A Dad With Kids With Autism

6 min read
A Dad With Kids With Autism

Autism, and autism spectrum disorders are prevalent in todays society, and we all know someone who is experiencing autism within their family unit. There are thousands of websites and resources on diagnosis, possible treatments, personal stories and support forums for families with kids with this unique disorder, and SAHM decided we would take a less explored path and find a Dad with a child with Autism.

What’s the best thing about being a Dad of kids with Autism?

Our kids are fairly unique, definitely not run of the mill, so it makes life interesting and challenging. And celebrating their achievements, which might be very small things compared to other parents, but  are huge for us.

You have one child, Mark*, 24 (who is actually an adult) with Aspergers. What are his interests? What are his main obstacles?

Mark’s main interests are world events,  K-Pop and PS3 gaming and fan fiction stuff. His main obstacles are maintaining social interaction and conversation. He also lacks consistency with certain things, although very rigid about other things.

Tess* is 9 and has Autism. What are her main interests, likes and dislikes? What have been her main obstacles?

Tess’s big interest at the moment is the iPad, she is completely obsessed with YouTube, with songs from Sound of Music, Happy Feet and Mary Poppins. She is  crazy about rubbish trucks.  She is also very physically active and loves high intensity stuff like spinning, twirling, bouncing, crashing and swinging. Her main obstacles are limited expressive language, although she understands everything. She is very poor at sleeping without some type of pharmaceutical assistance, probably more an obstacles for the parents than her. She also has trouble with independent living skills like feeding and dressing owing to fine motor issues.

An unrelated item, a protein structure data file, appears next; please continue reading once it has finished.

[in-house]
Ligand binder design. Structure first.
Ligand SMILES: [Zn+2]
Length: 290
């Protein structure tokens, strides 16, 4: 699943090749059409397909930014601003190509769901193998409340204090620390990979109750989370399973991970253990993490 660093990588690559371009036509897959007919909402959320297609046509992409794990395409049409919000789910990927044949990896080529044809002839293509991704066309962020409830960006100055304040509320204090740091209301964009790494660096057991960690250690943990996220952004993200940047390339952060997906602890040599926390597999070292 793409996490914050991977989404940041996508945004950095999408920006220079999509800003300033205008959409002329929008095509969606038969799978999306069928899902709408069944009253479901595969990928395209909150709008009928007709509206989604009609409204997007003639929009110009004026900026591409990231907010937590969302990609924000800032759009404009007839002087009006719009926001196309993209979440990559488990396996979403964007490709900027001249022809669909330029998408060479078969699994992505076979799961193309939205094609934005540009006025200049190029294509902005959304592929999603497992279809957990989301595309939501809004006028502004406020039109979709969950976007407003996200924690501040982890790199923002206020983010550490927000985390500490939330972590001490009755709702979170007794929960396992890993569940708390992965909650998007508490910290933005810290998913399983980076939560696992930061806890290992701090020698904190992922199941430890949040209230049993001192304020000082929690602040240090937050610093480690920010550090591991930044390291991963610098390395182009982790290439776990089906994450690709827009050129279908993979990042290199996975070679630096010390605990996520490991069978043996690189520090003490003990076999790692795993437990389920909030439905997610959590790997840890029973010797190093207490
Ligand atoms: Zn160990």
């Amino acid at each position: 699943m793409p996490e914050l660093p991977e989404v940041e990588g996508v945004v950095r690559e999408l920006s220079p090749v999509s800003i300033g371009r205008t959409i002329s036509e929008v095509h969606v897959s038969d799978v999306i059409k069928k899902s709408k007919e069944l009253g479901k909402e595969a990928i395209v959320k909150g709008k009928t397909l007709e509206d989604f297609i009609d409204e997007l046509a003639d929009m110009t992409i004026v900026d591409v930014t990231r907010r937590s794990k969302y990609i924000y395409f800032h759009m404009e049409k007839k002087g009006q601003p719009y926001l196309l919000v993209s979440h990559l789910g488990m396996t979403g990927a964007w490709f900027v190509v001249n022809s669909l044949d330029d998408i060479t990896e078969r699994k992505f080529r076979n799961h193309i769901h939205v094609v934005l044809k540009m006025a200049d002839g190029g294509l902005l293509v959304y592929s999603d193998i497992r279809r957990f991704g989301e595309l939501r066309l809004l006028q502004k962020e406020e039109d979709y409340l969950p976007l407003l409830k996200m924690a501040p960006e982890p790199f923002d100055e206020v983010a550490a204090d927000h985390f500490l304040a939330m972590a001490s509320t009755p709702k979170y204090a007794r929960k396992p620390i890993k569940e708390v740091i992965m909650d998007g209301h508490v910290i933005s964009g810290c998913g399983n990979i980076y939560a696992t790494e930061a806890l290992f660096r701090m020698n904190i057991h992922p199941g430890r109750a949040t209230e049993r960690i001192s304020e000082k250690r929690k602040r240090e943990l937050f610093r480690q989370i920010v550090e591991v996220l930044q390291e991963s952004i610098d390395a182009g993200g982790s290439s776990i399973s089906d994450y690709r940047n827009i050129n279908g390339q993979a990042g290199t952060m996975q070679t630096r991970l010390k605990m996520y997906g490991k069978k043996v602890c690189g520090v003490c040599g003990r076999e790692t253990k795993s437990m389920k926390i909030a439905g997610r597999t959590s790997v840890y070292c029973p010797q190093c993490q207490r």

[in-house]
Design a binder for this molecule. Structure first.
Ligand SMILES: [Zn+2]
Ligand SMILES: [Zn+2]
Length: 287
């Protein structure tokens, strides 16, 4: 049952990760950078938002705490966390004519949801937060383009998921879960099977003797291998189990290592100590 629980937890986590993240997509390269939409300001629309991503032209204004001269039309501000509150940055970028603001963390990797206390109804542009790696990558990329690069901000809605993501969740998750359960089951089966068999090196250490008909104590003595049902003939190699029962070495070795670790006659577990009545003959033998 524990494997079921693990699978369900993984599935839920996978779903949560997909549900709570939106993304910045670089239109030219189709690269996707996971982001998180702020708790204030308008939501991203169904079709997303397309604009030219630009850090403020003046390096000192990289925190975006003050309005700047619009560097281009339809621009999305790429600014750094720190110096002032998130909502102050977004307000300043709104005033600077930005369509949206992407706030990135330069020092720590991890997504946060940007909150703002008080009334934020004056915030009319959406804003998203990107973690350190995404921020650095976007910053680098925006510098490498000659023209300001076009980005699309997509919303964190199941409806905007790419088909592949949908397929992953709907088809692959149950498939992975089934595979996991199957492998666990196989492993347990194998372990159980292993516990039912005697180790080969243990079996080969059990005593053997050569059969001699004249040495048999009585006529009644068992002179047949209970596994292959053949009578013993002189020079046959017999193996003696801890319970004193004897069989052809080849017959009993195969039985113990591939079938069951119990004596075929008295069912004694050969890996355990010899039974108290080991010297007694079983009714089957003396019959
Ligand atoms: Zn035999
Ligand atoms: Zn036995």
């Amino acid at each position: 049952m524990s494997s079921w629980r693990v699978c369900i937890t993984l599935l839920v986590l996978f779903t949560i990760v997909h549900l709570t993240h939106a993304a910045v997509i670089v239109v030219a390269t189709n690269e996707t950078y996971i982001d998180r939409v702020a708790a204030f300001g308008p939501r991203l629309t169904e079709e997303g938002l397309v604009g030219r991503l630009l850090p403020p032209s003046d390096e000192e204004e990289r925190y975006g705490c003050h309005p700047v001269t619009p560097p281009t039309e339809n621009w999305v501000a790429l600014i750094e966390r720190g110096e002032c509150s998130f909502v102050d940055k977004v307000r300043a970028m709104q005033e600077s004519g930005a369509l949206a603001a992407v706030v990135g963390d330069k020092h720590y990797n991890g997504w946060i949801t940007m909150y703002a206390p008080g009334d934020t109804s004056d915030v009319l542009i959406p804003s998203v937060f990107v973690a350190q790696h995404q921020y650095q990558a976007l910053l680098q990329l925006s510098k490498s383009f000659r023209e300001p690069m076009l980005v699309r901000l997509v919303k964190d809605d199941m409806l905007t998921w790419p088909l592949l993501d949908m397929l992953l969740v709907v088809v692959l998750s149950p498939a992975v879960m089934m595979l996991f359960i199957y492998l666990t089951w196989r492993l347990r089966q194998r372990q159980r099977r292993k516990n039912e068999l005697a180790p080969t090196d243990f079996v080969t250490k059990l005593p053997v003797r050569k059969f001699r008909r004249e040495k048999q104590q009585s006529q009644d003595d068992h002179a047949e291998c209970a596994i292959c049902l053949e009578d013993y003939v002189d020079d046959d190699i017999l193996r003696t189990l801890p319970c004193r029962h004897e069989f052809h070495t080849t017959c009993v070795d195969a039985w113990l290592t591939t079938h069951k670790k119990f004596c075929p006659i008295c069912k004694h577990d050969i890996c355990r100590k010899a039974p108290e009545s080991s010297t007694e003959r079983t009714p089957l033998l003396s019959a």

Are there support groups for just Dads or are they all for parents in general? Would you/have you ever attended them? Do you think there is a need for them?

There are support groups around, more so in the city than in regional areas. I probably wouldn’t attend one, as its not my thing. I’m happy to talk to others about the kids autism, but I’m not one for group situations. Some blokes find groups helpful, but its mostly the mothers who seem to utilise them. And a lot of us fathers work away or long hours as well.

What’s the biggest challenge you’ve had to face that was unique to Mark? And Tess? In comparison, what’s the biggest challenge you ever had to face with Sean* (your other child who is not autistic)?

The biggest challenge with Mark can be his rigidity stubborn and pigheaded about certain things.  Although he manages well in most aspects, he still struggles to maintain friendships and hobbies, without support. Tess’sbiggest challenge has been the sleeping issues. Sean, the biggest challenge has been to provide the other kids with what they need, without forgetting about his needs as well.

A Dad With Kids With AutismDid you ever feel, at any stage, that maybe the doctors were wrong? That either Mark or Tess weren’t autistic, but had the same issues as other kids, just more intense? Or did you always feel that their diagnosis was correct?

Mark’s diagnosis was more subtle as he had apparently normal language development, but it came out as odd, and he didn’t interact with other kids very well. He was diagnosed at five, and in the days where autism was much less well known than what it is now.